Pikas, Our First Haymakers

Pikas, Our First Haymakers
Photo © 2004-2008 Mark Chappell

“Make hay while the sun shines” is a venerable bit of farm wisdom that encourages cutting and drying of hay during fair weather. One, two, possibly three cuttings of alfalfa hay have been baled and stacked this summer by Utah’s farmers to feed dairy cows and horses this winter. More traditionally, ranchers have cut meadow or marsh hay to be piled in the lofts of their barns.

Utah’s first haymakers were not ranchers at all, however. These earliest haymakers cut hay for their own consumption. To see and hear these daytime haymakers, you must travel high into our mountains, to 9,000 feet or higher. Look for a boulder strewn talus slope or rockslide. Listen for this call….. if you hear it, you have found the pika, our first haymaker. That call was either declaring the pika’s individual territory or an alarm announcing you. These rounded relatives of our rabbits resemble a tawny-coated chinchilla or a plush, plump guinea pig. They have nearly circular small ears and no apparent tail.

All day long during the alpine summer, pikas are busy cutting grasses, sedges and wildflowers from neighboring meadows. They haul this back by the mouthful to tuck in crevasses in their stony stronghold to dry. These stockpiles are their winter larder. You see, unlike their alpine kin, such as marmots, ground squirrels and chipmunks, our pikas don’t burrow and they don’t hibernate. Unlike the snowshoe hare, pikas don’t get out much either once the snow flies. Under the snow pack, they simply dine on hay.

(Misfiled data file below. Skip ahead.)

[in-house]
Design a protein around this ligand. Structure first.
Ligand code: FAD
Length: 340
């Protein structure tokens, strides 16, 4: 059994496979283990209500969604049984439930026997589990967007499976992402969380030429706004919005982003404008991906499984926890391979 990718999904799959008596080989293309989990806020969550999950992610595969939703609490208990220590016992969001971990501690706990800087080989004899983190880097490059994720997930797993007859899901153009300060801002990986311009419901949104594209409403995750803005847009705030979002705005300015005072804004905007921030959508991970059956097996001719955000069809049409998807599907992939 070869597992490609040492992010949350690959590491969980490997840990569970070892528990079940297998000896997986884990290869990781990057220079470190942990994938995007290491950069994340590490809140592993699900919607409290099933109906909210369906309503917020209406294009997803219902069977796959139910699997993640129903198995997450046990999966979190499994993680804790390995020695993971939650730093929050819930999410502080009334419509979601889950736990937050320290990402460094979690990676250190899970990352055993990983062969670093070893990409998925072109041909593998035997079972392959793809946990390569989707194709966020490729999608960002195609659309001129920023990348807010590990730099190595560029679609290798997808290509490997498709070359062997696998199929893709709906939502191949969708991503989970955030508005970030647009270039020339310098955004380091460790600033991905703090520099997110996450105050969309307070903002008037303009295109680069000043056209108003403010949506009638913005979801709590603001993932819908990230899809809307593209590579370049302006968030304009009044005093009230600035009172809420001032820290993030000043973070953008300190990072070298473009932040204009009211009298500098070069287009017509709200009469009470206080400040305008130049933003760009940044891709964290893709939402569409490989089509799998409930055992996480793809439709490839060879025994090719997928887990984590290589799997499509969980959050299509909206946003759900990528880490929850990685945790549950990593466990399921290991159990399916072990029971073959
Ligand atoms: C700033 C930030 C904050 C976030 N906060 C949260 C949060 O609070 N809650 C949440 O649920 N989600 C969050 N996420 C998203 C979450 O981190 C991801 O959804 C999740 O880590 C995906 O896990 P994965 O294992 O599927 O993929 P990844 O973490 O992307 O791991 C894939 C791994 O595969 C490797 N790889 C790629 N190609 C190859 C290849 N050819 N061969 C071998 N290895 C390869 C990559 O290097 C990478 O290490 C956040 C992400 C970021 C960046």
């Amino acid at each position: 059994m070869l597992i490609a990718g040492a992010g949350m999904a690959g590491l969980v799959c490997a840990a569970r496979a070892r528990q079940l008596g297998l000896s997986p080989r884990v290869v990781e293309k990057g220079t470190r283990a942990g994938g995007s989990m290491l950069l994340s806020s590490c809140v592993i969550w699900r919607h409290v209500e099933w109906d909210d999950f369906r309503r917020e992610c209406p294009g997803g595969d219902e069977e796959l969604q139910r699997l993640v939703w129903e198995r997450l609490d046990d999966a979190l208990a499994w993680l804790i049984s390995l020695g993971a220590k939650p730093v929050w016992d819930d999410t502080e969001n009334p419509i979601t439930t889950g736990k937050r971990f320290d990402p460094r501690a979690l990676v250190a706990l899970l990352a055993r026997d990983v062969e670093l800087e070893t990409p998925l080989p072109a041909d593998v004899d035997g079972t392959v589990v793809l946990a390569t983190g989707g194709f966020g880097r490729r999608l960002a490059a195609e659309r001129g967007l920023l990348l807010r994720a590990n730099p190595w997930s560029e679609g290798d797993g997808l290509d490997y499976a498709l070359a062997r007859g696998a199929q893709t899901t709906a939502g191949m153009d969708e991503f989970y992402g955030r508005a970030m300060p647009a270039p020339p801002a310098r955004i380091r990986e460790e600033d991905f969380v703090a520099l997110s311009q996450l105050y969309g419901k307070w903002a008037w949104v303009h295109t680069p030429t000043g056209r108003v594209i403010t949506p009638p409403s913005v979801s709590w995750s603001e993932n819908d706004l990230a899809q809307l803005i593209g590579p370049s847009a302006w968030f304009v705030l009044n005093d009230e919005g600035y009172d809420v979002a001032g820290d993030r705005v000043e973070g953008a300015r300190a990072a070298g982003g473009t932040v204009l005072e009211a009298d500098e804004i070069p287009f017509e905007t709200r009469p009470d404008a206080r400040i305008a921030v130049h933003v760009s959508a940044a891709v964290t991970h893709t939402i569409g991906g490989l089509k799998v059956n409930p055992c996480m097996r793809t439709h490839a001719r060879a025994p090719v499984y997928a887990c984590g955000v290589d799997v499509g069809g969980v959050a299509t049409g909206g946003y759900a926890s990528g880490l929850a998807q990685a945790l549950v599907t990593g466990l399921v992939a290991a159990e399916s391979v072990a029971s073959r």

Pikas are strange little lagomorphs
(relatives of rabbits and hares)
that live in rocky areas and talus slopes
in alpine habitats in much of the
mountainous western US and Canada.
Photo © 2004-2008 Mark Chappell

In Utah, poke around for pikas amid high peaks along the mountainous central spine of our state, from the Uintas south to Brian Head, wherever peaks reach toward tree line and you can find. There you may find pikas making hay or loafing atop prominent stones in their rock jumbles, or contributing to the territorial calls of their talus slope choir. Their intolerance of heat keeps them from spreading downslope. Like the moose, they are one of the animals that will fare poorly with significant climate warming. For now, though, you can continue to peek for picas amid Utah’s glorious alpine scenery.


Photo: Images of the Natural World, Courtesy & Copyright 2004-2008 Mark Chappell https://faculty.ucr.edu/~chappell/INW/
American Pika Page: https://faculty.ucr.edu/~chappell/INW/mammals/pika.shtml
Audio: Trout and Berry Days by Leaping Lulu, https://wildaboututah.org/about-us/
Text: Jim Cane, Bridgerland Audubon Society
Voice: Richard (Dick) Hurren, Bridgerland Audubon Society

Additional Reading:

American Pika, Utah Division of Natural Resources, https://dwrcdc.nr.utah.gov/rsgis2/search/Display.asp?FlNm=ochoprin

Pikas in Utah, Video from Utah DWR, https://youtu.be/czMoUzBUkTE

“Damn Cute Pikas” Narrated by David Attenborough and posted by Paul Garita on YouTube: https://www.youtube.com/watch?v=QVJuRgil0wQ&NR=1
American Pika, Nature Works, New Hampshire Public Television, https://www.nhptv.org/NATUREWORKS/americanpika.htm

Pika, Utah DWR Instragram Account, https://www.instagram.com/p/r7_haQtoZC/?modal=true

Fluffy_Memory_6238, Show me your war cry (Pika alert), Animals Being Derps, Reddit.com, https://www.reddit.com/r/AnimalsBeingDerps/comments/ppcaaw/show_me_your_war_cry/

Utah Division of Wildlife Resources Sensitive Species biologist Kevin Labrum talks with Brett Prettyman from SL Tribune about Pikas in Utah